Falling Far From The Tree
Just because someone’s a Fall Out Boy fan doesn’t mean they’re going to like Soul Punk (Island), and the opposite might go for anyone who dismissed the band in the past. That’s because Patrick Stump had a completely blank canvas for the first time in his career, and allowed all of his personal tastes out of the bag – and, as the album title so aptly describes, serves up a rebellious brand of R&B.
Appearing: November 11th at Metro in Chicago with Rockie Fresh.
“I want to challenge that paradigm in the punk community, where some artists don’t understand what punk is,” the Glenview native shares on the phone during a stay in Los Angeles. “They’ve got this idea it’s a sound, look, and a thing, which I think is so silly because the least punk rock thing you can do is give it a box … When I look around, there’s a lot of precedence for punk going into other places, and I feel like Francis & The Lights or Janelle Monáe or Bad Rabbits either came out of the punk scene or are very inspired by punk rock, even though there’s a lot of R&B and soul to what they do.”
Scan the 15 tracks from the Soul Punk sessions and chances are Stump’s versatile voice will stand out most, while the dance-floor friendly beats, brass grooves, and funk flourishes will command the attention of an entirely new crowd. “Obviously the majority of people know me from Fall Out Boy, and if that pop/punk style is exclusively your interest, you will absolutely not like this,” he continues. “I kind of stripped away a lot of expectations of the band and my circumstances and just made what I wanted to make. There are pieces of David Bowie, Brian Eno, and Kraftwerk and, at the same time, Prince, Michael Jackson, and just ’80s pop/R&B music. There are also pieces of rock and fusion jazz, but for the most part, it’s upbeat pop and R&B.”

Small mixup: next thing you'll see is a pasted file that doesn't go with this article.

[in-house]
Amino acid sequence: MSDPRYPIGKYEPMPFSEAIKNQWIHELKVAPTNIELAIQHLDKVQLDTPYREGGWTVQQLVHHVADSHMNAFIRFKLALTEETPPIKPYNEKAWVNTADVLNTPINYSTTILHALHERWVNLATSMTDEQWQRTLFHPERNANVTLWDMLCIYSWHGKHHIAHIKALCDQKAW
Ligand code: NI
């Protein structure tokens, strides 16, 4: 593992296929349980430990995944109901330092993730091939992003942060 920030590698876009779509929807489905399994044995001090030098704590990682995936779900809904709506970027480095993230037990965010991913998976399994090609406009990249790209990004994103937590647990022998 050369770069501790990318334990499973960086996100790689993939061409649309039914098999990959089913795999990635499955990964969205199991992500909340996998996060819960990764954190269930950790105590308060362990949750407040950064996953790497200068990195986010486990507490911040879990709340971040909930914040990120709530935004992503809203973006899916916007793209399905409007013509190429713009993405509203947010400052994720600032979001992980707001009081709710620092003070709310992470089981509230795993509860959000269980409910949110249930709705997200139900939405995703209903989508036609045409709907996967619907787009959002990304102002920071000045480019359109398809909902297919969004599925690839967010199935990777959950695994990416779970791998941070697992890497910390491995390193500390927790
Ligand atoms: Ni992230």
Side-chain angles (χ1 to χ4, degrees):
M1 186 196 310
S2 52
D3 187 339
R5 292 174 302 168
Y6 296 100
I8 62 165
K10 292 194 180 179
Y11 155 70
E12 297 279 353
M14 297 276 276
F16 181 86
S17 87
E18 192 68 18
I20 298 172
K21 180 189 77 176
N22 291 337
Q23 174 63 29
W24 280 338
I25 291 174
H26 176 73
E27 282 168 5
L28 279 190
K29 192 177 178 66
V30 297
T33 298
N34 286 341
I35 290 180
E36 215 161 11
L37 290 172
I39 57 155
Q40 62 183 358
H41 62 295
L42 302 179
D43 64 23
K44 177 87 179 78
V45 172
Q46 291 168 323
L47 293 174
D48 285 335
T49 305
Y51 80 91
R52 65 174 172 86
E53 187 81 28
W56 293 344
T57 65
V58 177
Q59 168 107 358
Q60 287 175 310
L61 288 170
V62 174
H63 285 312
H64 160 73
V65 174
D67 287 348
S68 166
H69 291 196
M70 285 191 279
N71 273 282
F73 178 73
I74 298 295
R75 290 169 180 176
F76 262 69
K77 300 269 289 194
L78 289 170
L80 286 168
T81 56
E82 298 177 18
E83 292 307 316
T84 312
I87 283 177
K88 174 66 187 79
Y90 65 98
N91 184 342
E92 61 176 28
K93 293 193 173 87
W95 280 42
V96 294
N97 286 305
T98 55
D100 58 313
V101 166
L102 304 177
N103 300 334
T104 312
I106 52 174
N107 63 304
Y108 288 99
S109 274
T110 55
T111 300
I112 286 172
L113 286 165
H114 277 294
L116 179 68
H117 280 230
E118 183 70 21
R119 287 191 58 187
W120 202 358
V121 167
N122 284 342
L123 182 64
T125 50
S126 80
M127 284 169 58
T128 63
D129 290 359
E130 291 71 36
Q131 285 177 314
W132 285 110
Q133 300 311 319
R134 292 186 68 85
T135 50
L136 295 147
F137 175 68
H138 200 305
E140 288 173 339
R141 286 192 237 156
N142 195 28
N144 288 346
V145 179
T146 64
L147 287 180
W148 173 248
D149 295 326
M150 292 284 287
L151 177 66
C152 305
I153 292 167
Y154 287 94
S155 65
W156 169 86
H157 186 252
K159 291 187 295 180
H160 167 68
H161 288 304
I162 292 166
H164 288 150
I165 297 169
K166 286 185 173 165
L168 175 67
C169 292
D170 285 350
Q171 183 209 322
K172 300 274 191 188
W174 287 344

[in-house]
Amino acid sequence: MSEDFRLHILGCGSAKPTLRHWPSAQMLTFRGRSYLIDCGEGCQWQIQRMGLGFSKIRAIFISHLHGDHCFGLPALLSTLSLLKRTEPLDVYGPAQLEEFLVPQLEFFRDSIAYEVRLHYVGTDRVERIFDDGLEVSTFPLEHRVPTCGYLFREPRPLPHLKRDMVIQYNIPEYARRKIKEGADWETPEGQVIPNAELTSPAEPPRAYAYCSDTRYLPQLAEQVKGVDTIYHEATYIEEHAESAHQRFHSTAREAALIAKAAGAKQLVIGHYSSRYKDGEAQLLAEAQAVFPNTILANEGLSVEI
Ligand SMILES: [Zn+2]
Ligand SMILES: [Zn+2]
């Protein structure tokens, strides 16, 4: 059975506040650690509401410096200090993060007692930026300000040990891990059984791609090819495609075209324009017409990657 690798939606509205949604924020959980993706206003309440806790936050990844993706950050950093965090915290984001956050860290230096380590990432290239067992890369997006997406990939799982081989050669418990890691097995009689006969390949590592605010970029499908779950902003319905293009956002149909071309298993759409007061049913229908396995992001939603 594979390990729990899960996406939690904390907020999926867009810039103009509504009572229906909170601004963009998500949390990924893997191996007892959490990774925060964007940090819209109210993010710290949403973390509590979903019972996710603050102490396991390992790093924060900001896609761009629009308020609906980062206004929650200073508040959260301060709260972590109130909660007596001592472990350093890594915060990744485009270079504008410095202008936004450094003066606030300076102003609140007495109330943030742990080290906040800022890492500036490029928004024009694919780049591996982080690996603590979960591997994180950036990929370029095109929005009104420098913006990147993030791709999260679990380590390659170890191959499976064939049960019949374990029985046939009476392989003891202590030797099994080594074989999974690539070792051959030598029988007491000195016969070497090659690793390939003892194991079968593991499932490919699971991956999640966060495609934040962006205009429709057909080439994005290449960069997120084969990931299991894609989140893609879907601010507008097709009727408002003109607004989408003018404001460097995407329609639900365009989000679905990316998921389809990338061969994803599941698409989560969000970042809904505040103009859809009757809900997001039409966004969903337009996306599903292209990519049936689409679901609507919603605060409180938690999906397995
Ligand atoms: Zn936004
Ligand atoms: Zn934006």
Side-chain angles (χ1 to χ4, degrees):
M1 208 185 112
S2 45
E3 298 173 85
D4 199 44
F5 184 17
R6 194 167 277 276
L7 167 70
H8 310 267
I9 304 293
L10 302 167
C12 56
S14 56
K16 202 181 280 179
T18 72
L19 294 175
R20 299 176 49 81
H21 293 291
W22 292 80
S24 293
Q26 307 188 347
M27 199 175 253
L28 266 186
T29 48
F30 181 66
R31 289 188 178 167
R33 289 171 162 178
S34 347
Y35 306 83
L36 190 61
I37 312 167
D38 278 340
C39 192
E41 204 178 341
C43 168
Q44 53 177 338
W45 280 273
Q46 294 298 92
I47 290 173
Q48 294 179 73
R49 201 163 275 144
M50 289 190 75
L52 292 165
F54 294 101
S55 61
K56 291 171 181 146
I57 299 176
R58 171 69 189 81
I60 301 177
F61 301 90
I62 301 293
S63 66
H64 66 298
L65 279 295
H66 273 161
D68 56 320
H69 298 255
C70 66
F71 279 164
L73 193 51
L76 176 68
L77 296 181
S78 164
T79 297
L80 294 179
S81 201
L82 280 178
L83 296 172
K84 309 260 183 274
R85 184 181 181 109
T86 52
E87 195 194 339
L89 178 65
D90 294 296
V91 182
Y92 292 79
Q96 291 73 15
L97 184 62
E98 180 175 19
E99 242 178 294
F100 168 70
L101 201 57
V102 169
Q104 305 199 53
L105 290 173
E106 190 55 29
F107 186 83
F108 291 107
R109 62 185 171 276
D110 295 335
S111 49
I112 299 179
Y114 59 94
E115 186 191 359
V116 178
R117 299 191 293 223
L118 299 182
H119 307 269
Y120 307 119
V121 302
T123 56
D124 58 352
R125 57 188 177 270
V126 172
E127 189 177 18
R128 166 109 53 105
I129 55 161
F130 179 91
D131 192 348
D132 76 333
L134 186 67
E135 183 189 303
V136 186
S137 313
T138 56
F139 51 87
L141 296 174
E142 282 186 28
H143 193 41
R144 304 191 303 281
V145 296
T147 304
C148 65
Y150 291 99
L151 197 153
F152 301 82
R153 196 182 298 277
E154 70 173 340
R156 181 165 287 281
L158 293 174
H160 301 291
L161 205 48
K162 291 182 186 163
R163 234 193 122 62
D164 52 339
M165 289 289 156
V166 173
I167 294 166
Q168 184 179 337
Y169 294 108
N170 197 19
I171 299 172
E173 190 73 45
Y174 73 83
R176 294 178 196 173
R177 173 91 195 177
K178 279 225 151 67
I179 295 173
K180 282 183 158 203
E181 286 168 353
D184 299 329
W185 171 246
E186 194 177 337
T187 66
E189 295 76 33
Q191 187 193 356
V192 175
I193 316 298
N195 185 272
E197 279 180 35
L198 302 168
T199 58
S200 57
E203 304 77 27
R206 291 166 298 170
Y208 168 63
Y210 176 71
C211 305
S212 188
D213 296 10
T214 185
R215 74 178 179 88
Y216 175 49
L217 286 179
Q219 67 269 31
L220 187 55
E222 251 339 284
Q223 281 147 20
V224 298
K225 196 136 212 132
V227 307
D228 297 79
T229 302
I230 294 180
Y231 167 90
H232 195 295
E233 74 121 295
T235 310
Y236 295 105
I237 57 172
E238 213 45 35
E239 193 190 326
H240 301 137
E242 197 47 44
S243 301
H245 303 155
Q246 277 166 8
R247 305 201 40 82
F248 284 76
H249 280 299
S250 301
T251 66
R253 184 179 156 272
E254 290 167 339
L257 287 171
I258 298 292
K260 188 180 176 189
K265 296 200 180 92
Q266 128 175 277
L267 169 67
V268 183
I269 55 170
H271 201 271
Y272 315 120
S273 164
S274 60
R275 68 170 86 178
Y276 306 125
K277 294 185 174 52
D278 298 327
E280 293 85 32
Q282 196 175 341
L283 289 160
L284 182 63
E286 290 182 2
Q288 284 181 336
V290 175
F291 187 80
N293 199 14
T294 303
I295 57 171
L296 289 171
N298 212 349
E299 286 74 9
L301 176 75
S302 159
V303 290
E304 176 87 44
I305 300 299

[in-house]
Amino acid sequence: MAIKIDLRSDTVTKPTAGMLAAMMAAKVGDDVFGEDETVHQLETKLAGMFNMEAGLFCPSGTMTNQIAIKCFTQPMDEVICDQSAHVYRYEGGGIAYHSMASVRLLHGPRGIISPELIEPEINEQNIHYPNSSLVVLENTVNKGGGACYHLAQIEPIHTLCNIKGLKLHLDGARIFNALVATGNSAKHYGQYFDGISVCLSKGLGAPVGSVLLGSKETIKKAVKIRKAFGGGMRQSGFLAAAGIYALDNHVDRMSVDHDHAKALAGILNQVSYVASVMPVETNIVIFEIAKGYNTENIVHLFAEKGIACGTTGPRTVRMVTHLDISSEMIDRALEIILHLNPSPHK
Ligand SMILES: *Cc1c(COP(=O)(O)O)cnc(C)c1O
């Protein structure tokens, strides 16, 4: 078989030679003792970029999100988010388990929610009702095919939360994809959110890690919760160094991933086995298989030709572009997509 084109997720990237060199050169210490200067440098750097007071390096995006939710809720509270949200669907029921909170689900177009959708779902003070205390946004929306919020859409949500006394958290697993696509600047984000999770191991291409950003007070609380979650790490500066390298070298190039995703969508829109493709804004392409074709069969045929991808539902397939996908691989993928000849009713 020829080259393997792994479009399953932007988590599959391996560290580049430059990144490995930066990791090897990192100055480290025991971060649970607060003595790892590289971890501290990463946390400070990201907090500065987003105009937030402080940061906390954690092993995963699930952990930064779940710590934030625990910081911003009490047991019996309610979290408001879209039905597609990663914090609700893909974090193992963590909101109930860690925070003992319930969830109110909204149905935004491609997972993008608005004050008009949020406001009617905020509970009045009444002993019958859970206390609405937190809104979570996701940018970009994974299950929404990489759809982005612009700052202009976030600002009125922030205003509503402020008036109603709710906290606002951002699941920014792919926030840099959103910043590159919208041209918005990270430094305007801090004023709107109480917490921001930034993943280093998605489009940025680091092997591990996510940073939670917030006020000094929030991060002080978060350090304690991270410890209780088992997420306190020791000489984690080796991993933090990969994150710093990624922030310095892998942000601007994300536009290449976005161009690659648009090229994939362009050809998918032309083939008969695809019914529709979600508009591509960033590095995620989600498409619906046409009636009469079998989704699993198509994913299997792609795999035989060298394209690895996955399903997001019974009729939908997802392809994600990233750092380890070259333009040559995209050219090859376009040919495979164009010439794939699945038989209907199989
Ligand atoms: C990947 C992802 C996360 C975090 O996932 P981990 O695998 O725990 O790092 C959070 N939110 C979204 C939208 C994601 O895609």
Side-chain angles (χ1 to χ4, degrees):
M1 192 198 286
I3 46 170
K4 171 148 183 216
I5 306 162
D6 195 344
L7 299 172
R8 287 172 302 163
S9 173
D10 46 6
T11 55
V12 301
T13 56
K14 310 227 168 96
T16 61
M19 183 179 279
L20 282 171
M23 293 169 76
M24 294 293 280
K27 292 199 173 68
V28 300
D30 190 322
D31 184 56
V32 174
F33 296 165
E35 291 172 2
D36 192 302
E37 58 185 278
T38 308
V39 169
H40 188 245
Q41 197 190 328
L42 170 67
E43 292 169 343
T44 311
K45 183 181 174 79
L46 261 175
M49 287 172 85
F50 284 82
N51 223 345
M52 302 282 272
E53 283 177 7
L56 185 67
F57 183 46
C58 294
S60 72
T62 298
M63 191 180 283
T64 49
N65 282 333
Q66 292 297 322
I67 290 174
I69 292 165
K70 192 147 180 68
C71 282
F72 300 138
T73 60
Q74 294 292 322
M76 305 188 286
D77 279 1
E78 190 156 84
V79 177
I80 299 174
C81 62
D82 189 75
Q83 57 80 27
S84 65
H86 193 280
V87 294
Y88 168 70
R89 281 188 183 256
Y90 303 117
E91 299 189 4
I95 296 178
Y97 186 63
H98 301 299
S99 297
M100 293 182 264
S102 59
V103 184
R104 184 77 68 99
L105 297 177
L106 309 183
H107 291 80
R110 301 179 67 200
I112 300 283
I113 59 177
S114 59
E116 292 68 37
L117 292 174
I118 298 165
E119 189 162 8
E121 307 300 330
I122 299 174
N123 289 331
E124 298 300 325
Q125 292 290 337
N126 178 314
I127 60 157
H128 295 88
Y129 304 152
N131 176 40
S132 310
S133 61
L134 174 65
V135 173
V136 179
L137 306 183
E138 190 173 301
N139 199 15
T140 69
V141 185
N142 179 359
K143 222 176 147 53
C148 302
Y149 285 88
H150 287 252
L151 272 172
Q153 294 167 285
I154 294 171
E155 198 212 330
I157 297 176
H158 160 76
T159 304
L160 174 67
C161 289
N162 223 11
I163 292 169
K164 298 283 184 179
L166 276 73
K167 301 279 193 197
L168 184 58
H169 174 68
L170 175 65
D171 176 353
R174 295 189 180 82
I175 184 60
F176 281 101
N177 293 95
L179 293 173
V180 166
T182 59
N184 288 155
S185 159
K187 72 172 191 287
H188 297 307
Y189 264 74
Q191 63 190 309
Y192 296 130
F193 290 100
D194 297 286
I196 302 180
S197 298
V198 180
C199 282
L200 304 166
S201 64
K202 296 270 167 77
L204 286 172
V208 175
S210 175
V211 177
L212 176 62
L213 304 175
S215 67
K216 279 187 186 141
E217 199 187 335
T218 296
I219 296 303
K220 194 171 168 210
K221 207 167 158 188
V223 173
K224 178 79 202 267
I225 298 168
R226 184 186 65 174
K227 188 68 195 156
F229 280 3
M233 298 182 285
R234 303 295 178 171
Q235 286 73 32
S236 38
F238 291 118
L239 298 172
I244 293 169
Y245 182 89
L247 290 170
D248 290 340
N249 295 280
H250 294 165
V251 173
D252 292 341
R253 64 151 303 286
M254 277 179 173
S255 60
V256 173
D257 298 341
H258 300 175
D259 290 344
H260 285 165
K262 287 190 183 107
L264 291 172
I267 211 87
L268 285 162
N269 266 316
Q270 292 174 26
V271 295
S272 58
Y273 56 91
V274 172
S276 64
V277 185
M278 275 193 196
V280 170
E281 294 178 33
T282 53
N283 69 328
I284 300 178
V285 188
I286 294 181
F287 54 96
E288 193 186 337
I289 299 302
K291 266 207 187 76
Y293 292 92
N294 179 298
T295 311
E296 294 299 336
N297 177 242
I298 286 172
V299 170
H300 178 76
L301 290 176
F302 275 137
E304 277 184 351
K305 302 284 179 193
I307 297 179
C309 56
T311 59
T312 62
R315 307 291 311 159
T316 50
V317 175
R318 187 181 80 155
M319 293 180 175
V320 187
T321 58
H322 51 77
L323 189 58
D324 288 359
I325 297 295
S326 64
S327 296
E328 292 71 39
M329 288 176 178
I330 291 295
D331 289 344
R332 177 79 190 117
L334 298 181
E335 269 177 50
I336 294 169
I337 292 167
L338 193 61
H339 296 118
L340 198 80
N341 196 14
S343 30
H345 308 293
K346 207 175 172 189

Thus far in his hometown, Stump performed on his own at a sold-out Schubas and more recently in front of a mass of bodies at Lollapalooza. Though it’s always difficult to preview an album before it’s released, hardcore fans were already familiar with some songs. Stump had test marketed various versions and mixes online before whittling down the final track selection. However, those hoping for a blast from the past were left with their wishes unfulfilled, though once again, Stump was more than upfront about his solo status.
“I consider this a solo show and stick pretty exclusively to solo material,” he reinforces. “It would be one thing if I was Sting and I wrote all of [The Police's] songs, but it’s another thing to me when it’s a dramatic stylistic shift: they’re not my words and Fall Out Boy is not the band that’s playing with me. Since the band didn’t break up, it would be weird to play those songs with other people and, ultimately, I don’t want to capitalize on that and I don’t want to cheat somebody out of money.”
Stump’s honesty campaign is admirable, though it’s even more impressive to find him playing each and every instrument on the album. The exhaustive liner notes list everything from guitars to drums, bass, piano, analog synths, trumpet, trombone, saxophone, mandolin, and a few other random obscurities.
“I did my best, and while I’m not the best trumpet player, I made it work,” he admits. “When it comes to pop music, there’s this perception that all you have to do is press a button on your iPad [to get the sounds] but I wanted to make it with love and put a lot into it. A lot ofpeople asked, ‘Where did you get the drum sounds?’ I played them. ‘What synth plug-in was that?’ I played all the synths. ‘How’d you get that bass tone?’ It’s a bass. I really wanted to put in the effort, even if people might not notice.”
One element that’s impossible to ignore is the deeply personal songwriting style that Stump displays, as opposed to the sardonic overtones of Fall Out Boy. While many of the songs are upbeat and celebratory, there’s occasionally a sobering undercurrent with hints of what stresses the now 27-year-old out.
– Andy Argyrakis
For the full story, grab the October issue of Illinois Entertainer, free throughout Chicagoland, or click the issue’s cover from our homepage.
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